Truism: One can’t personalize email communications with just an email address.
Can anyone argue that point? Therefore, you have to ask at least a few questions in our sign-up forms like name, location, demographics, and interests. Why did a new subscriber sign up, for example? That is valuable information and a great start for personalizing email follow ups.
You may need to rethink your entire email strategy if you want true personalization.
Use the unique subscriber identifiers that you gather to segment your email list. For example, if 8:00 am is the best time for opening email, you’ll need to send out emails based on timezone / location.
Does where I’m headed make sense? As difficult as it may seem at first, the only way to personalize is to get added info up front from your subscribers. Obtaining added information from your existing subscribers (if you don’t have it) is another hurdle, but one that must be addressed in order to personalize.
So, you can’t personalize with just an email address… well, sort’a. Another way to personalize (somewhat) is to track email behaviors. One of the easiest is to segment an email list based on what links subscribers click on in your emails. A good email provider will provide insights into what actions subscribers take – like clicking on particular links.
To execute a peronalized email campaign or just to get some customer acquisition ideas, send me an email! [email protected]
3) University of Michigan—Ann Arbor – Stephen M. Ross School of Business
Zell Lurie Institute for Entrepreneurship
Zell Lurie’s leadership and excellence in entrepreneurship education is highlighted through interviews with mentors, faculty, students and alumni. Recent start-ups, experiences in venture capital & private equity, and new courses are featured.
4) Rice University – Jesse H. Jones Graduate School of Business
MBA programs focus on the qualities that mark the successful leader, delivering knowledge for excellence in accounting, finance, marketing, operations, entrepreneurship, and global business. Students have access to electives which provide insight into industries such as energy, health care, real estate, management consulting and portfolio management.
5) Stanford University – Stanford Graduate School of Business MBA Program
Center for Entrepreneurial Studies
The most exciting innovations derive from cross-disciplinary collaboration and encourage this by serving entrepreneurial faculty members and graduate students from across Stanford, in partnership with the greater entrepreneurial community.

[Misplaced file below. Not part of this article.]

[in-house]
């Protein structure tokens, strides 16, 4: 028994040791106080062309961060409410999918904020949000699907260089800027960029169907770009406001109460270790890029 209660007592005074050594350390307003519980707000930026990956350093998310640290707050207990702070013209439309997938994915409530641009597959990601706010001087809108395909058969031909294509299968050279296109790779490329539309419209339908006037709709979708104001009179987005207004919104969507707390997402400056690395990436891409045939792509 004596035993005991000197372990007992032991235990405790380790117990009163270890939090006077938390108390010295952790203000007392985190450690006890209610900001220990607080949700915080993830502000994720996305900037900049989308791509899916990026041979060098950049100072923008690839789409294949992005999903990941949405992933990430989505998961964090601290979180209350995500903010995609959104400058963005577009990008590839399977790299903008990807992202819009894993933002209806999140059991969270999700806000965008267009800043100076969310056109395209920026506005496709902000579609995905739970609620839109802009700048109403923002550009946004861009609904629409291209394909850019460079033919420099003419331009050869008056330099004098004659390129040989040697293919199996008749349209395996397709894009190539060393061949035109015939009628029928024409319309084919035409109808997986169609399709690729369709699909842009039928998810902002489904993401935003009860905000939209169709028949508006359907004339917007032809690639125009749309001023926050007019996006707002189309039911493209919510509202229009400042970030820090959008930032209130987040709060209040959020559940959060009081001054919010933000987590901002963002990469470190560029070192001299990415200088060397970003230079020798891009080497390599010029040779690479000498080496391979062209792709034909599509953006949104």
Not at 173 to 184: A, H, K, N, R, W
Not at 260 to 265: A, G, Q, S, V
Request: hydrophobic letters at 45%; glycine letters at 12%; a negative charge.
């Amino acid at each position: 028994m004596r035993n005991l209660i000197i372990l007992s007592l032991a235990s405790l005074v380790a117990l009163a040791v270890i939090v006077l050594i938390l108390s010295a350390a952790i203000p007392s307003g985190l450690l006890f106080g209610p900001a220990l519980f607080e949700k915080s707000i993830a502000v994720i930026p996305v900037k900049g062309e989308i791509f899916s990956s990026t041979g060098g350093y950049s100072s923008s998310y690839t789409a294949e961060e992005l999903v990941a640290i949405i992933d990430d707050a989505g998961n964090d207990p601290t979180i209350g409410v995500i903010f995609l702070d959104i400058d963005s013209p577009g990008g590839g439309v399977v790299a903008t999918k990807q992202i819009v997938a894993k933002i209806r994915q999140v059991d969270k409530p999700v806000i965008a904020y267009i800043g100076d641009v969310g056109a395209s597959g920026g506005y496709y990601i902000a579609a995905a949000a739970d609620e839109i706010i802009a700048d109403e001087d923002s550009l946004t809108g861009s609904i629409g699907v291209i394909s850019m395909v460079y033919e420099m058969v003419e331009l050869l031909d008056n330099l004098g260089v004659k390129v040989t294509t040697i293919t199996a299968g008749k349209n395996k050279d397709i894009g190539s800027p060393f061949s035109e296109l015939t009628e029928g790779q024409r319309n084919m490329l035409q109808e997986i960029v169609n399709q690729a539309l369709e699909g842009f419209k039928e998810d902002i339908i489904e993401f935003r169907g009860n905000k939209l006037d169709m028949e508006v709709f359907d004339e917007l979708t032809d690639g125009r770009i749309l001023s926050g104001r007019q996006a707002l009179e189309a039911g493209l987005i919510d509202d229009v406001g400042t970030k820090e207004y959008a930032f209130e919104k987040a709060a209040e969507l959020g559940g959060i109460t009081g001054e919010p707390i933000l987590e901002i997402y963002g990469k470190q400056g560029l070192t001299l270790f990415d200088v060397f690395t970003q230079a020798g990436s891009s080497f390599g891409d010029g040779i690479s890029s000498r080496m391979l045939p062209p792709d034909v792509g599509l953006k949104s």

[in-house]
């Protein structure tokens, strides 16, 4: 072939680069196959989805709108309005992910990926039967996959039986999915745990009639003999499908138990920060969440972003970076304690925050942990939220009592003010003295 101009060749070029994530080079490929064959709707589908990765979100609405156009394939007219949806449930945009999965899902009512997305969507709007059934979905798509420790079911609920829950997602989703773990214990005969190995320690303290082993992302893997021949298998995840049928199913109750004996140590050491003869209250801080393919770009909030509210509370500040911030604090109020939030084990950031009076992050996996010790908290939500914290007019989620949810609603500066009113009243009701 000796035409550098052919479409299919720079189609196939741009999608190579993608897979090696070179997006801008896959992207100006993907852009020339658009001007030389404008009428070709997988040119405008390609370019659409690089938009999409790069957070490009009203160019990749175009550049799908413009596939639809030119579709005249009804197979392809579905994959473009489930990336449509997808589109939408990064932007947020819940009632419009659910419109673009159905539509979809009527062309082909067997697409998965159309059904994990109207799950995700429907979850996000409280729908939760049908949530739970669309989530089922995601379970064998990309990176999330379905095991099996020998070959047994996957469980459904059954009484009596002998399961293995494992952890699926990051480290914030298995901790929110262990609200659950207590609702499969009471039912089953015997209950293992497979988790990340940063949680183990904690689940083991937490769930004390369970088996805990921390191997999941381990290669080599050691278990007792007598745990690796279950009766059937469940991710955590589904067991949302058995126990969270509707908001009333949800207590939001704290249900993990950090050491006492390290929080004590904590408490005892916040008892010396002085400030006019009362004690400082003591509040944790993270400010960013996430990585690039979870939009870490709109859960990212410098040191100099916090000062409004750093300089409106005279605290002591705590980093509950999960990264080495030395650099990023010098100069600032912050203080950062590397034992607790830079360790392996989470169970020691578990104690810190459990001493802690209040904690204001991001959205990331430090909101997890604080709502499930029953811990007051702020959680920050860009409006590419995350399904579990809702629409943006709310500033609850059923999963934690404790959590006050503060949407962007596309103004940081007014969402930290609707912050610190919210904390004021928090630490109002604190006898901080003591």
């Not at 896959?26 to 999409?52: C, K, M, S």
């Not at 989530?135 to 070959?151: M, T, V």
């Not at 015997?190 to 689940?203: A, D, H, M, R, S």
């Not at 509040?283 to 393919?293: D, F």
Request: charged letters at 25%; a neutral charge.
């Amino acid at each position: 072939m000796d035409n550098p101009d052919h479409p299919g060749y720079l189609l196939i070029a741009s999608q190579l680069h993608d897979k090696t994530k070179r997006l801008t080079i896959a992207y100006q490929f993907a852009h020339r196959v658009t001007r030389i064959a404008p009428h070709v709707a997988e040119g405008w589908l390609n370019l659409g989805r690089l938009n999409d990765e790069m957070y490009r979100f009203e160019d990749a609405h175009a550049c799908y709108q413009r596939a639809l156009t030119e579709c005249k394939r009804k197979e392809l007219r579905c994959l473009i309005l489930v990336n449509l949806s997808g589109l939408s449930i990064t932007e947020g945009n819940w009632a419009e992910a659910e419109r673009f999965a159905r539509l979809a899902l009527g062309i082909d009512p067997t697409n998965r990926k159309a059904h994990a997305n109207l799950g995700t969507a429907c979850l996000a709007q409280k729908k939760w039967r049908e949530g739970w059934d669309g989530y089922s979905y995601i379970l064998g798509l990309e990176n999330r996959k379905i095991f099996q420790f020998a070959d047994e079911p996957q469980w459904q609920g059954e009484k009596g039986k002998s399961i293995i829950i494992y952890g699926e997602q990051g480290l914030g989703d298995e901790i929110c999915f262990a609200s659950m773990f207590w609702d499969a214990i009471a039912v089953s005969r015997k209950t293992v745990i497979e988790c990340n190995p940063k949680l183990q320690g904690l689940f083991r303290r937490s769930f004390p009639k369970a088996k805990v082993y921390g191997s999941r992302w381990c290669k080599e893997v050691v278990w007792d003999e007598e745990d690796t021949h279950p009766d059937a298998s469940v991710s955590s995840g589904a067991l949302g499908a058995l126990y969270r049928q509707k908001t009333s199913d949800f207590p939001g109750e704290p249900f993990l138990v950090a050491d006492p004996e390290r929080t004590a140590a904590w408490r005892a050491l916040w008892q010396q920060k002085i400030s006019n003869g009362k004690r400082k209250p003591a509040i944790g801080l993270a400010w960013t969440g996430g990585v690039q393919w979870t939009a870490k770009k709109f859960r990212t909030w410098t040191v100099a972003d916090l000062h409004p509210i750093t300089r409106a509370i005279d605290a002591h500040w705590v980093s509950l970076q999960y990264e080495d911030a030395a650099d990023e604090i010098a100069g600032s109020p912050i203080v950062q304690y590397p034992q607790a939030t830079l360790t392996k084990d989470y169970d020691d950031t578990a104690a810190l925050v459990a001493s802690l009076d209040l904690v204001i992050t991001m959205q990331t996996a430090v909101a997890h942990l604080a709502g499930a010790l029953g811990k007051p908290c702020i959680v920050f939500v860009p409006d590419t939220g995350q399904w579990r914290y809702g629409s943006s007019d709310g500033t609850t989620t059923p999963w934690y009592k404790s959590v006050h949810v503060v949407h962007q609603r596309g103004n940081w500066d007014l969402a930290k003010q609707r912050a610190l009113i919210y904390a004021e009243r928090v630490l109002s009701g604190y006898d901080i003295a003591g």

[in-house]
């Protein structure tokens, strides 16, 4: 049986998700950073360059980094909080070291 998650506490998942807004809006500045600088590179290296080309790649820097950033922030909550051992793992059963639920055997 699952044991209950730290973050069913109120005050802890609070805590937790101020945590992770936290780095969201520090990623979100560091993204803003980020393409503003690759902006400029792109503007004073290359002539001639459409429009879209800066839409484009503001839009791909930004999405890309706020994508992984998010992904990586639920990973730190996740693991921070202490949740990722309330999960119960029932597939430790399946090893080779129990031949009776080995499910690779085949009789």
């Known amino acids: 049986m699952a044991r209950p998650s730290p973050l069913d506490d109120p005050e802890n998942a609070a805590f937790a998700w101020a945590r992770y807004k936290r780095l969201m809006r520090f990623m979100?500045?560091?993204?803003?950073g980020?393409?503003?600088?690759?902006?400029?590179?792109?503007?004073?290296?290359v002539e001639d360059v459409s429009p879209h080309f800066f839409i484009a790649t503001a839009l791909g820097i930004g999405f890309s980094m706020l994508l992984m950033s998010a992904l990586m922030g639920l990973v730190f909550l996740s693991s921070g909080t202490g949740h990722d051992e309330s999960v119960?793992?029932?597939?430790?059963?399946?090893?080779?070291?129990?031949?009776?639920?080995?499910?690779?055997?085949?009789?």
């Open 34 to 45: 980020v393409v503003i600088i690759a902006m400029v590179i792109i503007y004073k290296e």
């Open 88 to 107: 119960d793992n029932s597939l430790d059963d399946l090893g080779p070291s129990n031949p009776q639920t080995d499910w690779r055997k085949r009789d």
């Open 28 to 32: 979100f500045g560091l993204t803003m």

6) Northwestern University – Kellogg School of Management
The Levy Institute and the Kellogg Innovation & Entrepreneurship Initiative provide students interested in entrepreneurship and social impact a variety of opportunities to engage with Kellogg faculty, alumni, and business professionals.
Brigham Young University – Marriott School of Management
The Marriott School has hired the brightest minds from around the world to teach in the MBA Program. During the first year, students gain a solid understanding of the best business practices through their core classes. Then, they put that learning to practice in a full-time internship in the corporate world during the summer between their first and second years. When students return for the second year of the program, they are able to focus on one of five majors: OB/HR, finance, marketing, global supply chain, or entrepreneurship.
Marketo and The Economist Intelligence Unit release report highlighting the impact of technology, the importance of managing customer engagement and the role marketers play in setting company strategy
SAN MATEO, Calif., Jan. 28, 2015 /PRNewswire/ — A study of 478 senior marketers and CMOs from around the world conducted by The Economist Intelligence Unit on behalf of Marketo Inc. (MKTO), the leading provider of engagement marketing software and solutions, reveals marketers’ top challenges, investments and forecasts for today and over the next five years. Among the key findings, more than 80% of all marketers say that their organizations will need to undergo dramatic changes in order to keep up with increased technical and consumer demands..